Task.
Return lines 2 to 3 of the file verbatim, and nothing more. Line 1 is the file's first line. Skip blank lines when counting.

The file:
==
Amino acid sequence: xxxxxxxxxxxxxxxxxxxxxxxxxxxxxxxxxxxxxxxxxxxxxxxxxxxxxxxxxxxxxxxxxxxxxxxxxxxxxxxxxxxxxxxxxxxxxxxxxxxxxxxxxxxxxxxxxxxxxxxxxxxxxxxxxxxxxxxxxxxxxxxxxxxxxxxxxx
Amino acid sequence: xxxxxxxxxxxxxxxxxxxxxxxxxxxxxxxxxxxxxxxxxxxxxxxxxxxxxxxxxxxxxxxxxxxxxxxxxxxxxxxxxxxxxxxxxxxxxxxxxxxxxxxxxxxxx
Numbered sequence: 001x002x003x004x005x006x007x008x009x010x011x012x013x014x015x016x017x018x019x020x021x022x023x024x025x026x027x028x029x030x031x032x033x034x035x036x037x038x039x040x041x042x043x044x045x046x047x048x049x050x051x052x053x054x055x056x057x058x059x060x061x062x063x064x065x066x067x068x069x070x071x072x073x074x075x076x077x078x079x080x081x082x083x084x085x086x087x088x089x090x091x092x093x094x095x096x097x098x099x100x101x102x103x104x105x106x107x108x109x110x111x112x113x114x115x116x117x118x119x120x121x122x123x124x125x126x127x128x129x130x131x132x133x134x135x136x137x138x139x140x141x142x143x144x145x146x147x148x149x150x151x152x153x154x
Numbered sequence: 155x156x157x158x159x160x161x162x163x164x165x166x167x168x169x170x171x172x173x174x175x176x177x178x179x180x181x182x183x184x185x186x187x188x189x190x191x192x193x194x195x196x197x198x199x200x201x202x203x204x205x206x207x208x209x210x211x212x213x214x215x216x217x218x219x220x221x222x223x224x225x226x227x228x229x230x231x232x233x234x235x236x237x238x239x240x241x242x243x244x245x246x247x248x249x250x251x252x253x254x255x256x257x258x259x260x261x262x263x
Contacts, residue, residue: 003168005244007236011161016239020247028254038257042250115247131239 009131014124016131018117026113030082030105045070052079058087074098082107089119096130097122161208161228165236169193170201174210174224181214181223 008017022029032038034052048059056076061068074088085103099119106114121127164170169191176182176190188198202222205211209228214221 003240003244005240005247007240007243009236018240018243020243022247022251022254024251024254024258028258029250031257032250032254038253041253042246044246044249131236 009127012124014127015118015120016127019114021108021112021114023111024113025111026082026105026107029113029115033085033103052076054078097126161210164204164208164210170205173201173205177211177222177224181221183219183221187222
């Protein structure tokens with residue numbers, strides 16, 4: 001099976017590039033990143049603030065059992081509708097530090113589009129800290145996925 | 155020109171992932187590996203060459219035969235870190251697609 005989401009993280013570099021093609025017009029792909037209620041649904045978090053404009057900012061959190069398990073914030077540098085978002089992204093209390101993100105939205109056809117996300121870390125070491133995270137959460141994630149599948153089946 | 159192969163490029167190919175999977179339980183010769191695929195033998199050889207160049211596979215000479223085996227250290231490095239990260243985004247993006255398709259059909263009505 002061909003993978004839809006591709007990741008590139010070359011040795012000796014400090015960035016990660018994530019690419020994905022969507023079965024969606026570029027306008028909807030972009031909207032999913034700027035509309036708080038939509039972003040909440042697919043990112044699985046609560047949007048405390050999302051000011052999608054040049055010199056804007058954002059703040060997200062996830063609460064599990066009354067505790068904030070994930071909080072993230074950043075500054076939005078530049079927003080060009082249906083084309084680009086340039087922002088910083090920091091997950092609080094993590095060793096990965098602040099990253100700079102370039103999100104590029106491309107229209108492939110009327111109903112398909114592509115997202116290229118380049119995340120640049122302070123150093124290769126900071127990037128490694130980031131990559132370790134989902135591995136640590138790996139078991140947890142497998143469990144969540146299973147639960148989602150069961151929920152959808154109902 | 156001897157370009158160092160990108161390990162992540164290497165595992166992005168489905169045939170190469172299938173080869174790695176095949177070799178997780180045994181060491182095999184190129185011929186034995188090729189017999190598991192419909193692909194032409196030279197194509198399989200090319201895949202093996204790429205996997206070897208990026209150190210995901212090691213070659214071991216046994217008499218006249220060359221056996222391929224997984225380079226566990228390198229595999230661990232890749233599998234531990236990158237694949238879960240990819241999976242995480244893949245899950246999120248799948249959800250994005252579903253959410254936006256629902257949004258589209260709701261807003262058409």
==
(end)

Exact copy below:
Amino acid sequence: xxxxxxxxxxxxxxxxxxxxxxxxxxxxxxxxxxxxxxxxxxxxxxxxxxxxxxxxxxxxxxxxxxxxxxxxxxxxxxxxxxxxxxxxxxxxxxxxxxxxxxxxxxxxx
Numbered sequence: 001x002x003x004x005x006x007x008x009x010x011x012x013x014x015x016x017x018x019x020x021x022x023x024x025x026x027x028x029x030x031x032x033x034x035x036x037x038x039x040x041x042x043x044x045x046x047x048x049x050x051x052x053x054x055x056x057x058x059x060x061x062x063x064x065x066x067x068x069x070x071x072x073x074x075x076x077x078x079x080x081x082x083x084x085x086x087x088x089x090x091x092x093x094x095x096x097x098x099x100x101x102x103x104x105x106x107x108x109x110x111x112x113x114x115x116x117x118x119x120x121x122x123x124x125x126x127x128x129x130x131x132x133x134x135x136x137x138x139x140x141x142x143x144x145x146x147x148x149x150x151x152x153x154x